If you are searching for a theology career, it probably isn’t a spur-of-the-moment decision. Those who pursue careers in theology usually believe they have a calling to enter the field. If you feel the need to help others, provide guidance, and assist with spiritual and moral development, then a degree in theology can help you find the meaningful career you have been searching for.
Those in theological positions dedicate their lives to helping people. They are around to cope with hardships and heartaches, celebrations, and victories. Culture, personal beliefs and upbringing will most likely determine which specific theological path is taken. Traditionally, someone with a college theology degree will concentrate on a specific religion, like Catholicism, Protestantism, Judaism or Islam.
Within this concentration, duties can include performing religious ceremonies like baptisms, confirmations, Holy Communion and Bar Mitzvahs. Additionally, location and congregation size will determine the nature of day-to-day work. Career titles can include pastor, minister, priest, rabbi, deacon, missionary, professor of theology, music leader, administrative staff and more.
Most theologians are in the profession because of a higher calling and not for monetary gain. However, congregation duties, size and location play a huge role in determining salary for people with theology degrees. According to the U.S. Department of Labor, the $33,753 – $35,673 average salary cannot accurately represent the industry, because many salaries are either much higher or much lower.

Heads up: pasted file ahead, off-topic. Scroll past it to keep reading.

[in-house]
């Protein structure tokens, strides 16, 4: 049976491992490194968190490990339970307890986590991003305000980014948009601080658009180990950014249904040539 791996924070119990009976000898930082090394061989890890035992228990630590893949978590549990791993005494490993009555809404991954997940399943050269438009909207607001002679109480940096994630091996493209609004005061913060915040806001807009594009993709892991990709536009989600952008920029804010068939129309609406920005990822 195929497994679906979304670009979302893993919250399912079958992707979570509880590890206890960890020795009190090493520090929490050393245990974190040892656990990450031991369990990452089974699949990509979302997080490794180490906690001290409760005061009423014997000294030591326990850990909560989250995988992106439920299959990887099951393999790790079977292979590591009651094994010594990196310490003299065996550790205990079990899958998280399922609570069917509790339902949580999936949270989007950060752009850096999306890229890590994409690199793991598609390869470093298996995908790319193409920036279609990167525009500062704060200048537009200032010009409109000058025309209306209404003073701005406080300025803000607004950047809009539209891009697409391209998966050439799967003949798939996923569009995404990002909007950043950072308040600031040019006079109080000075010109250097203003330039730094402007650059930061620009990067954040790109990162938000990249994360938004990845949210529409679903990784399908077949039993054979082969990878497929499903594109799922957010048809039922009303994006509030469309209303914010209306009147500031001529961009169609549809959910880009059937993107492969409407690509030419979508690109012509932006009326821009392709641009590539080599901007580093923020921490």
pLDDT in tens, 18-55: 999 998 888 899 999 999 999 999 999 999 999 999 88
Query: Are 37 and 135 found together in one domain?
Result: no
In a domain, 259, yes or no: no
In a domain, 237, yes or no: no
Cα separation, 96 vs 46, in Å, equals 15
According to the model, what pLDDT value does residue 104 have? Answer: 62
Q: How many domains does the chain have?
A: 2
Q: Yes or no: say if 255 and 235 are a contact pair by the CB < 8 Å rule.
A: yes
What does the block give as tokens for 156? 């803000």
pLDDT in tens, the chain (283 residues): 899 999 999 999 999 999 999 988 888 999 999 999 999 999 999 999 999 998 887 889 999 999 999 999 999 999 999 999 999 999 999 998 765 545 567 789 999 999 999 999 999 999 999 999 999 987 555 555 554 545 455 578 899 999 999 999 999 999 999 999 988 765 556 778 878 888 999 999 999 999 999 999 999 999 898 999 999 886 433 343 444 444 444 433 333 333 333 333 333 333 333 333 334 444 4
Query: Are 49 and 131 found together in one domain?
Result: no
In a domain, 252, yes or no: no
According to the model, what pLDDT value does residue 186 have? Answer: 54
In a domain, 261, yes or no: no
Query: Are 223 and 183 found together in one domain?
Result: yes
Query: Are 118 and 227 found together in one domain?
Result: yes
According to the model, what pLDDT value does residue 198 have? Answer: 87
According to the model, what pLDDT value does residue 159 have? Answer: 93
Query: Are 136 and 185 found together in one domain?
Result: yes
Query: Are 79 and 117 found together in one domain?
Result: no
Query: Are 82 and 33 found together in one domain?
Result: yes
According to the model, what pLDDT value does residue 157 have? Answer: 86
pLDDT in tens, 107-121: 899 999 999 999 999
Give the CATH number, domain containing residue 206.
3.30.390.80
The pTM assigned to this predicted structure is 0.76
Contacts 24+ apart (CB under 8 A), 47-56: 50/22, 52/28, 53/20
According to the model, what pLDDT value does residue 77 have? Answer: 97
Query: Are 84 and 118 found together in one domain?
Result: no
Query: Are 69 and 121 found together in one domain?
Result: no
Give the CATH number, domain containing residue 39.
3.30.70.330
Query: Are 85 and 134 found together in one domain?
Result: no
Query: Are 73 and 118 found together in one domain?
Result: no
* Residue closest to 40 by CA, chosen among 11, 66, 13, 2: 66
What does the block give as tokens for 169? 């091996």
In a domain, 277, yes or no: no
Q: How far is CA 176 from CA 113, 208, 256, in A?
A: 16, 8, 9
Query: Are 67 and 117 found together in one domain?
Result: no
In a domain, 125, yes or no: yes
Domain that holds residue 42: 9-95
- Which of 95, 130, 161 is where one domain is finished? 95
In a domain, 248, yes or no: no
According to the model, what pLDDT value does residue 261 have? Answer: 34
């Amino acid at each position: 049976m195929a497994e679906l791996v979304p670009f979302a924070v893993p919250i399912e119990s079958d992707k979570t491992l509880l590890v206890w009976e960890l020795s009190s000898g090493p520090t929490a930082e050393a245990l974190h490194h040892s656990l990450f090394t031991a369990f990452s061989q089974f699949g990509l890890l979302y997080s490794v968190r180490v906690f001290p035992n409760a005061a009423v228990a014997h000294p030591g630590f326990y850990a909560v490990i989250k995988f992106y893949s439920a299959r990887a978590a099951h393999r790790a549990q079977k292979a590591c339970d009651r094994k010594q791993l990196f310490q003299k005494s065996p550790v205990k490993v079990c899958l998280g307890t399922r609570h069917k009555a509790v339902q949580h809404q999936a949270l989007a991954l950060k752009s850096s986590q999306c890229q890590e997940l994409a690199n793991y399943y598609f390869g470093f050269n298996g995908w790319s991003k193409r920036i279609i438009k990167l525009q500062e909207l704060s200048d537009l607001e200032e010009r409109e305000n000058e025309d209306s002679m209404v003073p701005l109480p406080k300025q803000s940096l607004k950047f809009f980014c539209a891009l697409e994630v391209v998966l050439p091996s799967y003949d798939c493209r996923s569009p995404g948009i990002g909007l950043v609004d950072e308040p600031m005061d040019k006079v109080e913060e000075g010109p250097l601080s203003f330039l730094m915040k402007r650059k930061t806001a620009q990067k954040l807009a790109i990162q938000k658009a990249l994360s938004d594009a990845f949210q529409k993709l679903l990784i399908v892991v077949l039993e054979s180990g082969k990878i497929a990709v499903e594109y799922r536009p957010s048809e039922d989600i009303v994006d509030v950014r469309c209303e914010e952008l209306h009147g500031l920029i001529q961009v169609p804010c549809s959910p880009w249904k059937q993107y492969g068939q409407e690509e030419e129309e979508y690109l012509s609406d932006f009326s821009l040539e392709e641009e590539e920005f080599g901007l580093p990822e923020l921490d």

Additionally, clergymen often receive many perks in addition to salary like room, board and food. Theological careers tend to be very stable since only the very dedicated enter the field and rarely retire early.
Theology Schools and Seminary Training
Although you can enter the theological field at a very low level without any formal education, most long-term careers require a Bachelor’s degree. For some religions, this degree is followed by two years of seminary or by six years of training to become a rabbi. Every religion has its own different guidelines, and the best way to figure out the requirements for your situation is to speak with your own religious leader regarding educational paths.
Most theological training programs consist of Bible or Torah studies, institution history, theology and ethics, and practical theology. By successfully completing these programs, a theological student has a wonderful chance of ordination in their chosen sector. If you have the drive and the calling to devote yourself to a theological career, then search for a theology degree or theology graduate school and begin your lifetime of higher service.